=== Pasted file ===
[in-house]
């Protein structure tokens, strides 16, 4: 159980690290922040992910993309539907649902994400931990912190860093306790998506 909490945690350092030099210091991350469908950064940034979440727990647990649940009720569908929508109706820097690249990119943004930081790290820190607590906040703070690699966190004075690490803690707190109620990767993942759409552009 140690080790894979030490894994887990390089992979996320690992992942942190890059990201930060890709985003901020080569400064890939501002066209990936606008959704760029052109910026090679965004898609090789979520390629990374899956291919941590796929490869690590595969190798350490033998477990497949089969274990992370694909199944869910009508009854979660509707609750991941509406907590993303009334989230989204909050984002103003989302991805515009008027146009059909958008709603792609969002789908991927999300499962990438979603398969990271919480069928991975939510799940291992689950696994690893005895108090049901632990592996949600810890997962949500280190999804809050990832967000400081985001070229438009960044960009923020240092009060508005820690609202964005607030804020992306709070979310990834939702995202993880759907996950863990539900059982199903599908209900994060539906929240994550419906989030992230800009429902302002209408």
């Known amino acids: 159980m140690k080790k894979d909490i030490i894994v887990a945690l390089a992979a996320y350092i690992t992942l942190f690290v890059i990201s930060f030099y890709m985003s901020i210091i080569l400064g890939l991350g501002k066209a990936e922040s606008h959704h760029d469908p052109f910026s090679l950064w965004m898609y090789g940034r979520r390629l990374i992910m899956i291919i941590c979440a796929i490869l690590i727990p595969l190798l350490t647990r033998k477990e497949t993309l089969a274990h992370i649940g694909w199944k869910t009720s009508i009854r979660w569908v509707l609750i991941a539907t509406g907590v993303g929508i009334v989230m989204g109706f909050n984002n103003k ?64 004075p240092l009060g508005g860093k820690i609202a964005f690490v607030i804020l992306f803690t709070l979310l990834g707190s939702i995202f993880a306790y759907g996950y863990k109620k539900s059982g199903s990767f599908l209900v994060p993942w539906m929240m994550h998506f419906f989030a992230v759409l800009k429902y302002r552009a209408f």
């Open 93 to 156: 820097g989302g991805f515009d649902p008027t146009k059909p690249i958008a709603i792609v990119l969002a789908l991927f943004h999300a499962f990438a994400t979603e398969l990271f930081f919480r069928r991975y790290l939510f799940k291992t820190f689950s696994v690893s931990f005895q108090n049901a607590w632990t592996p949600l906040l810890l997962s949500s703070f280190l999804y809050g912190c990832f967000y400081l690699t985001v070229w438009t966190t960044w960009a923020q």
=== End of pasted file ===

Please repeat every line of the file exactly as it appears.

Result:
[in-house]
């Protein structure tokens, strides 16, 4: 159980690290922040992910993309539907649902994400931990912190860093306790998506 909490945690350092030099210091991350469908950064940034979440727990647990649940009720569908929508109706820097690249990119943004930081790290820190607590906040703070690699966190004075690490803690707190109620990767993942759409552009 140690080790894979030490894994887990390089992979996320690992992942942190890059990201930060890709985003901020080569400064890939501002066209990936606008959704760029052109910026090679965004898609090789979520390629990374899956291919941590796929490869690590595969190798350490033998477990497949089969274990992370694909199944869910009508009854979660509707609750991941509406907590993303009334989230989204909050984002103003989302991805515009008027146009059909958008709603792609969002789908991927999300499962990438979603398969990271919480069928991975939510799940291992689950696994690893005895108090049901632990592996949600810890997962949500280190999804809050990832967000400081985001070229438009960044960009923020240092009060508005820690609202964005607030804020992306709070979310990834939702995202993880759907996950863990539900059982199903599908209900994060539906929240994550419906989030992230800009429902302002209408």
């Known amino acids: 159980m140690k080790k894979d909490i030490i894994v887990a945690l390089a992979a996320y350092i690992t992942l942190f690290v890059i990201s930060f030099y890709m985003s901020i210091i080569l400064g890939l991350g501002k066209a990936e922040s606008h959704h760029d469908p052109f910026s090679l950064w965004m898609y090789g940034r979520r390629l990374i992910m899956i291919i941590c979440a796929i490869l690590i727990p595969l190798l350490t647990r033998k477990e497949t993309l089969a274990h992370i649940g694909w199944k869910t009720s009508i009854r979660w569908v509707l609750i991941a539907t509406g907590v993303g929508i009334v989230m989204g109706f909050n984002n103003k ?64 004075p240092l009060g508005g860093k820690i609202a964005f690490v607030i804020l992306f803690t709070l979310l990834g707190s939702i995202f993880a306790y759907g996950y863990k109620k539900s059982g199903s990767f599908l209900v994060p993942w539906m929240m994550h998506f419906f989030a992230v759409l800009k429902y302002r552009a209408f």
């Open 93 to 156: 820097g989302g991805f515009d649902p008027t146009k059909p690249i958008a709603i792609v990119l969002a789908l991927f943004h999300a499962f990438a994400t979603e398969l990271f930081f919480r069928r991975y790290l939510f799940k291992t820190f689950s696994v690893s931990f005895q108090n049901a607590w632990t592996p949600l906040l810890l997962s949500s703070f280190l999804y809050g912190c990832f967000y400081l690699t985001v070229w438009t966190t960044w960009a923020q």